Monday, November 30, 2009

10 Residents of the Capuchin Catacombs

10 Capuchin Catacomb Hallway
16th Century to 1920


The Capuchin Catacombs are located in the city of Palermo, which is the capital of Sicily. Interred in the Capuchin Catacombs are approximately 8000 corpses dating from the 1500’s to 1920. In the early 16th century, the church originally meant to preserve and make accessible the bodies of monks and friars in order to ask for their intercessions – face to face. The trend caught on, and soon the general populous also wanted to be preserved and buried in the catacombs so families can visit them.

9 Brother Silvestro of Gubbio
1599


Brother Silvestro is the oldest monk to be buried in the Capuchin Catacombs. It’s fascinating to observe his clothing. The simple headpiece, the humble brown robe. You can easily imagine him walking the monastery grounds, praying at the altar, drawing water, and eking out a living with his fellow brothers.

8 Priests


Priests, Bishops, and Cardinals have traditionally dressed themselves to the hilt! Alas, look at them now. Once powerful men, now powerful men of the catacombs. Dressed in opposite fashion of the humble monks and nuns, imagine the colors, the excitement, and the pomp and circumstance at the time when these church leaders ran about the city and cathedrals amidst the horse clops and aromas of incense and pasta sauce. Still today, especially in Rome, a person can observe ornate high ranking church officials in their colorful garb bustle about in the modern world.

7 Two Painting Brothers



As monks, nuns, and priests filled the catacombs, the common folk wanted in on the action. This photo is fascinating because these two corpses are brothers, painters, and just ordinary men. As I study their coats and headwear, I wonder what they painted. Frescoes? Eateries? Homes and fences and other popular demands? Did they do restoration work on prominent art? Regardless, a lot of beauty flowed through those hands. Who knows? Their handy work is probably still visible today!

6 Screamers

These corpses are not really screaming. This is the natural result of decaying muscle and ligaments with the help of gravity. Very shocking and eerie at first, but really very natural and scientific.

5 Woman and Child


Dusty, centuries old mummies may or may not muster much emotional feeling. But the woman and child shown here not only invoke feelings, but elicit curiosity to the histories they have to tell us. It was fashionable for a time to pose bodies as they were in life. Here the woman, maybe a mother with her daughter, are dressed very sharply for all to remember. Wonderfully preserved for generations in their beautiful dresses. Quite possibly victims of an illness or epidemic that struck it’s victims indiscriminately. A brutal reminder that there are forces beyond our control.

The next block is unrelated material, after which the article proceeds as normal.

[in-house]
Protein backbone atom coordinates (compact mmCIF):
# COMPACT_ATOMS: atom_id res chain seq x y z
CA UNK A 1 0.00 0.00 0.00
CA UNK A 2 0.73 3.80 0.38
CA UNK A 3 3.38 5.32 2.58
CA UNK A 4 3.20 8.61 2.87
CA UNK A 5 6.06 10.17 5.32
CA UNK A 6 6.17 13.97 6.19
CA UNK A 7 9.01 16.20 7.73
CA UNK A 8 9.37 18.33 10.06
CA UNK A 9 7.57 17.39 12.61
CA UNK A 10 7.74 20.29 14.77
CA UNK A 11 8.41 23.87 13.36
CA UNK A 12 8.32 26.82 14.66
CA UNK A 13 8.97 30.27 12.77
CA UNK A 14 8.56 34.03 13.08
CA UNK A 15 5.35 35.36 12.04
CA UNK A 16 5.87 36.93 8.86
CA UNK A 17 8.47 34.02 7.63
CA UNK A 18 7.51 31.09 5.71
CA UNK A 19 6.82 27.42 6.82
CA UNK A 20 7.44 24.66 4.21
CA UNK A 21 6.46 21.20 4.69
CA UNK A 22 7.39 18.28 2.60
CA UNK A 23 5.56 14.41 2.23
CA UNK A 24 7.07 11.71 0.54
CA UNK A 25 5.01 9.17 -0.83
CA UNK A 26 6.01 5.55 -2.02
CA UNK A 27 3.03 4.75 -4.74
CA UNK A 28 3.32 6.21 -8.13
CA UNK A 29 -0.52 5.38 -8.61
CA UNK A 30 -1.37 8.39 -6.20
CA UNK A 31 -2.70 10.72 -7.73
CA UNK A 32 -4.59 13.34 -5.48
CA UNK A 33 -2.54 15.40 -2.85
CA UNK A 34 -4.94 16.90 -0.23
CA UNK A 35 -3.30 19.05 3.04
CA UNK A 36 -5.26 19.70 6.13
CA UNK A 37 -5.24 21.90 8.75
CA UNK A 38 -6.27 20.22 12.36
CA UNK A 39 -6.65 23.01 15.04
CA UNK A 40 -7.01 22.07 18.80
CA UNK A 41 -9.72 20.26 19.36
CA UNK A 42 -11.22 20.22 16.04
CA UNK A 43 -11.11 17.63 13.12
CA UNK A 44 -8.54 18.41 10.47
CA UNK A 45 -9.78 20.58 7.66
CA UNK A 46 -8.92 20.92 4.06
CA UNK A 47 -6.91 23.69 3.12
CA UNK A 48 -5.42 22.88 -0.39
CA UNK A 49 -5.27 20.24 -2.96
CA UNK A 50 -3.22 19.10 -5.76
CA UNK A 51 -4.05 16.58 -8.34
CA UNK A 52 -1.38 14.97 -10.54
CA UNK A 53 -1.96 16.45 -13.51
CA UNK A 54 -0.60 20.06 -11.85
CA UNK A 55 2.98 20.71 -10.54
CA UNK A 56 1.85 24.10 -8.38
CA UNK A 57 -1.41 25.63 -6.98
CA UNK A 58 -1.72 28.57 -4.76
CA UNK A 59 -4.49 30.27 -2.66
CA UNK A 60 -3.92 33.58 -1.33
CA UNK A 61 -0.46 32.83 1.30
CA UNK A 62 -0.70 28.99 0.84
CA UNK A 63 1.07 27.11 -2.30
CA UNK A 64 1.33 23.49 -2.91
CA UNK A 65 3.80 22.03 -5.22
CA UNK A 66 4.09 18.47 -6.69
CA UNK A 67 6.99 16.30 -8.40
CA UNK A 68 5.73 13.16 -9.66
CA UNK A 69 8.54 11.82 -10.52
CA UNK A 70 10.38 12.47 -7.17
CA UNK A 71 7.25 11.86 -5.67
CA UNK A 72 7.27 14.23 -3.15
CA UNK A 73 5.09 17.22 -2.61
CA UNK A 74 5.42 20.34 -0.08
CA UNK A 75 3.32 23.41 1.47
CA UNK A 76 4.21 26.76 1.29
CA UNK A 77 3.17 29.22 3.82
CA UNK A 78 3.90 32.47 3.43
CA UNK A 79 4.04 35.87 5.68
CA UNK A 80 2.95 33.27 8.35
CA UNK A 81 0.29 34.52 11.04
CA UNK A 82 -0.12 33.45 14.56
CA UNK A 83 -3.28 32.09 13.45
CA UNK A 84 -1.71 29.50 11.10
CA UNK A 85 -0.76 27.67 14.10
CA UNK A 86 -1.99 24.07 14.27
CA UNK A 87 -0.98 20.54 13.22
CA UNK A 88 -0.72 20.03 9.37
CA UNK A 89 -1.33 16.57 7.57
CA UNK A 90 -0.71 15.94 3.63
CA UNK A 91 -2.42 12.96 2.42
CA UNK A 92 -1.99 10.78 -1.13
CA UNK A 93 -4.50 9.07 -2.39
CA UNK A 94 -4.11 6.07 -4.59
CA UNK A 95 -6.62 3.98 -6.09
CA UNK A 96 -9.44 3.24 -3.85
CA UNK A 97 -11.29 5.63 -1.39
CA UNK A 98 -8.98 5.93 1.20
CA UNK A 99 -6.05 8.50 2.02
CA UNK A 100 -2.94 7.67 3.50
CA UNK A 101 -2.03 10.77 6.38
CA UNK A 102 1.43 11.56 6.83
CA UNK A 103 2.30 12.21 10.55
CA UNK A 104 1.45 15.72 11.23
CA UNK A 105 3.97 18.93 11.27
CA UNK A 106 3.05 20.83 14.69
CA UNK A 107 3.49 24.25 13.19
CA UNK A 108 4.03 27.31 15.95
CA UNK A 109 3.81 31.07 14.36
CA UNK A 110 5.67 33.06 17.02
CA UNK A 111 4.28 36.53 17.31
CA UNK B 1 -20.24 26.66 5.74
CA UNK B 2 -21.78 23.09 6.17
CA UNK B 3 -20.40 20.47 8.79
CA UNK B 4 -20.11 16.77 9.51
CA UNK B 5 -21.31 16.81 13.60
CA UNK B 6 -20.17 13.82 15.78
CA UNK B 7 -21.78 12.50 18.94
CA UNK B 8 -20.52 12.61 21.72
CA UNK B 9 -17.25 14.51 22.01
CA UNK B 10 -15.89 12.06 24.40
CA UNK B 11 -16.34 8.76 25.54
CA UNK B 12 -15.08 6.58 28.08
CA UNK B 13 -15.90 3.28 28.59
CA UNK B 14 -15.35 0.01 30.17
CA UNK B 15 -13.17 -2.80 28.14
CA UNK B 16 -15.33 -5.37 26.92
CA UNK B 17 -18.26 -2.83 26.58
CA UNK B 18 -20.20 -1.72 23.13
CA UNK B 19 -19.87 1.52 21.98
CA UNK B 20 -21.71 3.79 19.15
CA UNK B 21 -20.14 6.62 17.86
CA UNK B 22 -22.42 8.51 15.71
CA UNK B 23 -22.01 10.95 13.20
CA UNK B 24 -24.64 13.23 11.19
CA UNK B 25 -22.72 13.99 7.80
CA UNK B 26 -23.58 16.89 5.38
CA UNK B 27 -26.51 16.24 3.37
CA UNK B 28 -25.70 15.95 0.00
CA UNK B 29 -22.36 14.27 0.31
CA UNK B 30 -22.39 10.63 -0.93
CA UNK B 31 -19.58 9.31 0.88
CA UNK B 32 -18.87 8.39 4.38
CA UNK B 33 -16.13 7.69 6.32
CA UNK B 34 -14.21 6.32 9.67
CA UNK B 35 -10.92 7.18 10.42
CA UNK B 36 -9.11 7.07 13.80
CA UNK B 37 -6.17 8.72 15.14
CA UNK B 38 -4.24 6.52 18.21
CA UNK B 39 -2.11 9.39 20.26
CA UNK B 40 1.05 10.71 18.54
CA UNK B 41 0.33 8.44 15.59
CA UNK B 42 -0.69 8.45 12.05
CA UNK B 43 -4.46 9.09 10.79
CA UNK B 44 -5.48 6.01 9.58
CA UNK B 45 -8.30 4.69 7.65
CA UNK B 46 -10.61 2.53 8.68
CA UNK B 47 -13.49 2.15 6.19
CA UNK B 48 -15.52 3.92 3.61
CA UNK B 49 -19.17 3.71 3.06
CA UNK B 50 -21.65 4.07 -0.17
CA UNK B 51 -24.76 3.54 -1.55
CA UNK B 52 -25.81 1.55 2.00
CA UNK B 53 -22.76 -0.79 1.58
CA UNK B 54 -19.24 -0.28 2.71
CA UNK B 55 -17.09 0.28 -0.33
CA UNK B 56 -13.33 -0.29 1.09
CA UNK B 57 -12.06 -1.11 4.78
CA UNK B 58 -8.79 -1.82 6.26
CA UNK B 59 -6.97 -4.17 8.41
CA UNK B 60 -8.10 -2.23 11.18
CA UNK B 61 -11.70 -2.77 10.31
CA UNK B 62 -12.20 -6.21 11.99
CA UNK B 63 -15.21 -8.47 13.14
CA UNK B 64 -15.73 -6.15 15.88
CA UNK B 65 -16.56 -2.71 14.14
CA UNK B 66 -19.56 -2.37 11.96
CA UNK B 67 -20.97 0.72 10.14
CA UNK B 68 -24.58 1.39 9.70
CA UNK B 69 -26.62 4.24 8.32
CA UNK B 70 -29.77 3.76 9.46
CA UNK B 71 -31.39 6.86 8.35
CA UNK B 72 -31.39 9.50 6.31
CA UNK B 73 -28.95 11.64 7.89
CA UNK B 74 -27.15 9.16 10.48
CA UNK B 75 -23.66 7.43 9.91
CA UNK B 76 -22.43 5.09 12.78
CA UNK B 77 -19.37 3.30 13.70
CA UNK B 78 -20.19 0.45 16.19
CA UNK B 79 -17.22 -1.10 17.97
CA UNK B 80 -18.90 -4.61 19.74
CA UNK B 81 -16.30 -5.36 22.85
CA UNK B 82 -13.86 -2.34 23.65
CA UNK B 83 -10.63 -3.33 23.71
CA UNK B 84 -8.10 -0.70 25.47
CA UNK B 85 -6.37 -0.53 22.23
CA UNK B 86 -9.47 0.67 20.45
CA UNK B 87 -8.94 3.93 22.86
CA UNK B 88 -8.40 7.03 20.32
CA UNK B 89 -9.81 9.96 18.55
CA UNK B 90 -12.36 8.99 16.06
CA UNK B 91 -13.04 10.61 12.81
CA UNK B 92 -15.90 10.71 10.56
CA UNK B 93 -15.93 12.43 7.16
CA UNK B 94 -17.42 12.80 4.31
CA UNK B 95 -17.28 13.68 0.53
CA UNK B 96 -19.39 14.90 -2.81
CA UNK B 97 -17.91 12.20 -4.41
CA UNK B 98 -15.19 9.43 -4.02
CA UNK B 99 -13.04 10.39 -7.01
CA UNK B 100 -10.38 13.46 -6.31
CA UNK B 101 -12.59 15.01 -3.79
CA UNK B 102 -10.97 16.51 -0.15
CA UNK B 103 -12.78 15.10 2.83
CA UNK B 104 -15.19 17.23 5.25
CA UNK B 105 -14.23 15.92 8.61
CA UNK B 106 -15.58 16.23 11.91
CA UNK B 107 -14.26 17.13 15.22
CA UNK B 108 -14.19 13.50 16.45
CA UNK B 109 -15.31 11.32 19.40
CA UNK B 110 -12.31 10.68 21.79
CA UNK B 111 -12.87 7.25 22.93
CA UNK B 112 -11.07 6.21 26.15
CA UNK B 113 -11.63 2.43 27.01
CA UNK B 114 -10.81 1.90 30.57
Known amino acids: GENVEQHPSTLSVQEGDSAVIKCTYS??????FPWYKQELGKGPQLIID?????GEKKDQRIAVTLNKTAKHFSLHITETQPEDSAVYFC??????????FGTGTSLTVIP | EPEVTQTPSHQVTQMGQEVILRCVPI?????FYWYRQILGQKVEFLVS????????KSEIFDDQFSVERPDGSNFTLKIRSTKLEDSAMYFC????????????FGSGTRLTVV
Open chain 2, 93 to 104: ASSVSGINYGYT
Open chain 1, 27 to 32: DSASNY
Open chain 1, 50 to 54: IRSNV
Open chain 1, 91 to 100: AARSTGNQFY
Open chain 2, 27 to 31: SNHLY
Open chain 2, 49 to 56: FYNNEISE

4 Teacher’s Department


Capuchin Catacomb has divisions for men, women, children, professionals, and more. Here is a group of teachers. They may have taught children reading, writing, arithmetic, or maybe they taught higher levels of education. Maybe they were liberal with rulers and switch sticks! But one thing is clear – though here they lay, even today we reap the rewards from their work done generations ago. They educated the masses in their time. Their pupils built on, worked from, and refined that education throughout the ages. Teachers of all ages are one of the most important and fundamental needs of civilization. Their bodies are temporal. Their work eternal.

3 Colonel Enea Di Giuliano
France – 1848



The Colonel, in a French Bourbon uniform, is an outstanding relic from the past. His uniform floods the imagination of what an officer’s life might have been like in the 1800’s. What code of conduct did he adhere to? Was he a formally educated noble or did he earn his rank through hard work and battle? I can easily imagine this proud man standing at attention, or demanding attention from subordinates. His hat atop his head, cradled in his arms, or sitting proudly in front of him at his desk.

2 Bartolomeo Megna
“the Giant”


Bartolomeo Megna’s hands are tied, not because he was a prisoner, but to keep them folded in front of him. Similarly, if you further pursue other mummies in the catacombs, you will notice many methods of fastening. Limbs have been known to fall off from time to time. Bartolomeo Megna was a big fellow. He may have had a few friends of smaller stature who looked up to him as friend and protector. Who knows?

1 Rosalia Lombardo
The Sleeping Beauty – 1920



This photo gets me down every time I see it. Rosalia was only two years old when she passed away to what is believed to be Pneumonia. But she has a special place in the hearts of visitors and caretakers. She was the last to be interred at the Capuchin Catacombs in 1920.

No comments:

Post a Comment

Search This Blog